4 Simple Steps to Develop Discipline

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I used to be a couch potato. I wasted countless hours on TV and social media and slept an average of 4 hours a night. Unsurprisingly, my productivity and fitness levels were low, and I was plummeting toward a lackluster life.

Fast forward a few years, I’m fitter than ever, extremely productive, and much happier. Here’s how I did it.

A lot of transformation stories online leave you thinking you just need to muster up some willpower to accomplish your goals. We all know how that goes: we work toward something for a few days and give up because we lose motivation.

But what I did was much simpler — and easier!

I developed discipline.

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1. First, I set clear goals.

Did you know writing down your goals actually makes you more likely to achieve them? Writing down your goals also forces you to identify your objectives. This may sound trivial, but most people don’t know what it is they truly want to achieve!

I recommend writing complete sentences in present tense when making your list of goals. For example, “I can run a 7 minute mile.” This allows you to take on an identity change in your subconscious mind. Whether you think you’ll fail or you think you succeed, you’re right. So make sure you condition your mind to believe you will achieve your goals.

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2. I made daily to-do lists.

Perhaps you’re noticing a theme: I like lists. Daily to-do lists are effective because marking tasks as complete releases dopamine, which makes you feel good AND makes you more motivated to repeat that process.

I make my to-do lists at the beginning of each day. Doing so allows me to go through my day without having to think about what I should do next; it’s already written down for me. I also place asterisks by the three most important tasks and get those done first. This allows for prioritization of tasks, which helps me accomplish my most valuable activities.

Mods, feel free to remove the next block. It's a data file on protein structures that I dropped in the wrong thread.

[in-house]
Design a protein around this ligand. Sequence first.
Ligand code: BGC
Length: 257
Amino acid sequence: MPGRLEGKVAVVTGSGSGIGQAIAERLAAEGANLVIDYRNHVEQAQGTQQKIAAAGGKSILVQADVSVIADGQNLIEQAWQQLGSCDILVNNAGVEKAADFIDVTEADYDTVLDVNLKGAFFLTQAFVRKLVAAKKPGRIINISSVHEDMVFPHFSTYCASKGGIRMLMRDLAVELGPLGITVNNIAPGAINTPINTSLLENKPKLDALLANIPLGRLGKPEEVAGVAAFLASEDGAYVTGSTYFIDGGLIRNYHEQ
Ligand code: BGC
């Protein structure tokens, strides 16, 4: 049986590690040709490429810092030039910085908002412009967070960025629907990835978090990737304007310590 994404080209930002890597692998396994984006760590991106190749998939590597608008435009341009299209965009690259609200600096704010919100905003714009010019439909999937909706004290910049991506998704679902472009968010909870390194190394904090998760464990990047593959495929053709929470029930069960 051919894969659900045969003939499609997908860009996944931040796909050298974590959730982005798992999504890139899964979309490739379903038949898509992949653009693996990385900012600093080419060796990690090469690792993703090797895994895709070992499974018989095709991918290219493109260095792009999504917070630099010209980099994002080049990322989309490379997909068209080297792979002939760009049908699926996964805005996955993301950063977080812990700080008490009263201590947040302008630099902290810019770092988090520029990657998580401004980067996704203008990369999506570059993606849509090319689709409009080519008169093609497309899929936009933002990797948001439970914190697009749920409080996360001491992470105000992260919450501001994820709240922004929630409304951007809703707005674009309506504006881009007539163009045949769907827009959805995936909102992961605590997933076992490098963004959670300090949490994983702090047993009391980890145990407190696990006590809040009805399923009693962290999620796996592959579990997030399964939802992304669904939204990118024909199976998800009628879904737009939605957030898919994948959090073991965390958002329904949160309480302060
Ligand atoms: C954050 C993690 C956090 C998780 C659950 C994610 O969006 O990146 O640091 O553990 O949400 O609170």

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3. I scheduled.

“The things that get scheduled are the things that get done.” — Robin Sharma

I was able to cultivate habits by scheduling tasks. I found that when I did not schedule my difficult tasks, I wouldn’t get them done. I set time blocks for each activity in a journal, but you can use an online scheduler like Google Calendar as well.

Pro tip: when trying to develop a habit, I’ve found it’s best to keep your schedule consistent. For example, if you plan to exercise for 20 minutes a day, do so at the same time each day. This consistency will assist in habit formation.

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4. I got hard things done in the morning.

“If it’s your job to eat a frog, it’s best to do it first thing in the morning. And if it’s your job to eat two frogs, it’s best to eat the biggest one first.” — Mark Twain

People have greater self-control in the morning, so it is crucial to tackle your difficult tasks early in the day. You can think of this in terms of activation energy, which is the amount of energy required to undergo a process. When applied to completing tasks, the activation energy is your task aversion. In the morning, your activation energy is lower, so it is easier to get a difficult task done. By the evening, we have built up a wall of excuses to not do the thing we most need to do, and our activation energy is exponentially higher. Thus, difficult tasks will be easier to accomplish when done toward the beginning of the day.

It is important to keep in mind that although these 4 simple steps are effective, they require repetition to become habits. But I promise the rewards are worth the effort. Developing discipline will transform your relationships, fitness, financial wellbeing, mental health, and confidence. I dare you to give these steps a try and see how your life changes.

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